Sunday, May 24, 2009

The Last of the Great Landings

Today, the Space Shuttle Atlantis landed at Edwards Air Force Base with the beauty and grace of a swan skimming over the surface of the water.

Back in the 1980’s when NASA’s Space Shuttle program was just beginning Edwards Air Force Base in California was the primary landing site, but over the years the primary landing site became the Kennedy Space Center in Florida.

NASA chose to land the shuttle at Edwards Air Force Base due to poor weather in Florida.

This may be one of the final landings at Edwards Air Force Base, as NASA plans to retire the space shuttle program in the coming years.

Landings at Edwards Air Force Base are always more visually appealing than those at the Kennedy Space Center. The sand-brownish-gray backdrop of the hills and terrain make the famous white and black bird shuttles stand out and easier to spot.

And when you are cruising faster than the speed of sound, and appear as a giant red glowing ball of light from the outer edges of our atmosphere, anything that makes it easier to spot is a good thing.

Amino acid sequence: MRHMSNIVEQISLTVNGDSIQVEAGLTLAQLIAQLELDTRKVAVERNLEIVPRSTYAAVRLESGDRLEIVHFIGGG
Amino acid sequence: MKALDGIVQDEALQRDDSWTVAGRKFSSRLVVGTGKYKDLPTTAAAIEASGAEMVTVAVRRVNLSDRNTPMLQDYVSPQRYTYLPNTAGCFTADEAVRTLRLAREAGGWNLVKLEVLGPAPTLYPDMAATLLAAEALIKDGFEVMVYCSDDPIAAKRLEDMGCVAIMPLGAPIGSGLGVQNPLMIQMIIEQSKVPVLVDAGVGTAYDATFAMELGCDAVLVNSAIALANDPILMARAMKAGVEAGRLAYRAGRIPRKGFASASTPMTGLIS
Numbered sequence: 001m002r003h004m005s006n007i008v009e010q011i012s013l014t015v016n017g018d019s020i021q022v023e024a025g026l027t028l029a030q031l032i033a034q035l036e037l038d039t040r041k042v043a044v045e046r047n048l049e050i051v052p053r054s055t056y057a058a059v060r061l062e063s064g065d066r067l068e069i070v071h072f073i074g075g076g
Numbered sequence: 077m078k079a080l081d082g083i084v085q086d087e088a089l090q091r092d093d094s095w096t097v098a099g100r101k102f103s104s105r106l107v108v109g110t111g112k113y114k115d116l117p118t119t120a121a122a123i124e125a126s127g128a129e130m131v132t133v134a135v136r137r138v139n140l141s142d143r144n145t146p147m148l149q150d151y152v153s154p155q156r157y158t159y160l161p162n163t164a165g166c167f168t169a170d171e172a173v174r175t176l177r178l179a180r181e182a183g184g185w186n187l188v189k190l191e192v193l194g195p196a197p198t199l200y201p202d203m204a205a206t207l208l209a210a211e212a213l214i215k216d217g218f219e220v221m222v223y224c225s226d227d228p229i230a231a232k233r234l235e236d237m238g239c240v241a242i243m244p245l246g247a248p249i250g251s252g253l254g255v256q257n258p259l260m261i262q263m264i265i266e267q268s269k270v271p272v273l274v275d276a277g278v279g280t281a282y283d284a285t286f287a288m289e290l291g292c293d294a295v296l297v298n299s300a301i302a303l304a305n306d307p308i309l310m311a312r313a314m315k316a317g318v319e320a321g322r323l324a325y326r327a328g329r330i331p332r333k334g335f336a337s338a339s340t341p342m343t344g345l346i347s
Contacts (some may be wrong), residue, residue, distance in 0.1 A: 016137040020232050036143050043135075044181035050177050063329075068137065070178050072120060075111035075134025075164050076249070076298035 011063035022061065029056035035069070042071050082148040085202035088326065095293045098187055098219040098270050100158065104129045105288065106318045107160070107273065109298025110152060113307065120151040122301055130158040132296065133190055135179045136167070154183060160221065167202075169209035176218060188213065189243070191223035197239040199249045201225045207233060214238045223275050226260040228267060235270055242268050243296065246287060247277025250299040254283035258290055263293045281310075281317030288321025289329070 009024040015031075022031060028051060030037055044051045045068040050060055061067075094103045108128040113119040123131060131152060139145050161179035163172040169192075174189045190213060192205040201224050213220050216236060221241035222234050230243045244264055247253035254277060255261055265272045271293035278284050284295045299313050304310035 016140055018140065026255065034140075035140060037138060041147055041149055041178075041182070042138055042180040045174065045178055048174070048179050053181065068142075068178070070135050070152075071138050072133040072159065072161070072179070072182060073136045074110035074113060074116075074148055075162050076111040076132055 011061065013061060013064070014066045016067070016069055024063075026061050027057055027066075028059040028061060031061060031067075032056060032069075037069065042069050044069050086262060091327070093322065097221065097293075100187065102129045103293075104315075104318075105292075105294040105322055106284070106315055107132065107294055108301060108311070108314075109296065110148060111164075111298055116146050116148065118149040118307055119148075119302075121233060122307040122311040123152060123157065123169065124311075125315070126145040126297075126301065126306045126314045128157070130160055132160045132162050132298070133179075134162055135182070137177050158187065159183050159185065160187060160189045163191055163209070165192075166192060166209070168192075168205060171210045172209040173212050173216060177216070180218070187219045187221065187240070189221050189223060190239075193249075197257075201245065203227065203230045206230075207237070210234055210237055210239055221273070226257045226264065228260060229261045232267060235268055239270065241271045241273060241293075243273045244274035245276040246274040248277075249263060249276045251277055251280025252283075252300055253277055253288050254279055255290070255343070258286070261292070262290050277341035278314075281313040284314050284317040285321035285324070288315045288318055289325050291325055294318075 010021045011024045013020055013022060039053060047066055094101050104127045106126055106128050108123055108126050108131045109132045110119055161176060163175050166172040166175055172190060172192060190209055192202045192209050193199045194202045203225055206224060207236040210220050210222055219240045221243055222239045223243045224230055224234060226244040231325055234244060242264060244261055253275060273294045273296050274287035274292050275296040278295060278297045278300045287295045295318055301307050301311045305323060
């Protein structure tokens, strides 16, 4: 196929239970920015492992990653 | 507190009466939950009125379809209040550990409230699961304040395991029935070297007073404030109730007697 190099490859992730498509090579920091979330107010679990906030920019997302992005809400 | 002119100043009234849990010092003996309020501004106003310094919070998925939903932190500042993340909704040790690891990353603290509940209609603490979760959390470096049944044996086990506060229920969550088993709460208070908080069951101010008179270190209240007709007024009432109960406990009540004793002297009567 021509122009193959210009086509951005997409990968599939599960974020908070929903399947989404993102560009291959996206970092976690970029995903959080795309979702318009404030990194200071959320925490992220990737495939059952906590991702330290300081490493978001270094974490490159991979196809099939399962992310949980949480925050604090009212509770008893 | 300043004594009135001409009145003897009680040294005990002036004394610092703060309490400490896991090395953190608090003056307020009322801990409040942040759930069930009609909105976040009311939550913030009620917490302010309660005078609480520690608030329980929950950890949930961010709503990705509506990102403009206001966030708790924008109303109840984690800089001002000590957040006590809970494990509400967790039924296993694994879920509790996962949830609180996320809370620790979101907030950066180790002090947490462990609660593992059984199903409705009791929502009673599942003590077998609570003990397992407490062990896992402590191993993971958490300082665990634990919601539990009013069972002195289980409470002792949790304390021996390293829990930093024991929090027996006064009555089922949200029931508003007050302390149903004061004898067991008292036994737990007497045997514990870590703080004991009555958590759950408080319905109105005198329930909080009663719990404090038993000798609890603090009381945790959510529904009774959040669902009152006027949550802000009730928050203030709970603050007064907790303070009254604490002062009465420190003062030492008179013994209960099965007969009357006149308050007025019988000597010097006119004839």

Although these landings have become somewhat routine for NASA, they are still amazing to watch. And amazingly accurate. We often joke about rocket scientists, but they are always on the ball – they have to be when bringing home seven astronauts from the depths of space.

NASA’s timetable for the Shuttle Atlantis’ landing was 11:39am EST – and exactly at 11:39am EST the primary rear landing gear of the spacecraft rolled onto the runway. Pretty amazing when you think the shuttle is a 226,040-pound vehicle, traveling over 300-miles per hour at touchdown.

I am going to miss watching these, once the shuttles have been retired. Watching the small silhouette of a white speck as it gets larger and the shape becomes more defined to resemble the shuttle. Seeing the shuttle float back to our home, planet Earth, then eventually raise its nose, drop its landing gear, as the familiar voice of mission control says: “We have primary landing gear touchdown, touchdown of the space shuttle Atlantis.”

The shuttle space craft have done wonderful things over the years, progressing the knowledge of our universe. They have brought people back and forth from the International Space Station, conducted numerous experiments in space, and as with the conclusion of today’s mission, repaired telescopes to give us a watchful eye above.

NASA is replacing the aging shuttle fleet with new rockets, which will blast off much like the original rockets which carried Neil Armstrong to the moon – but naturally far more advanced.

This was the 53 space shuttle landing at Edwards Air Force Base.

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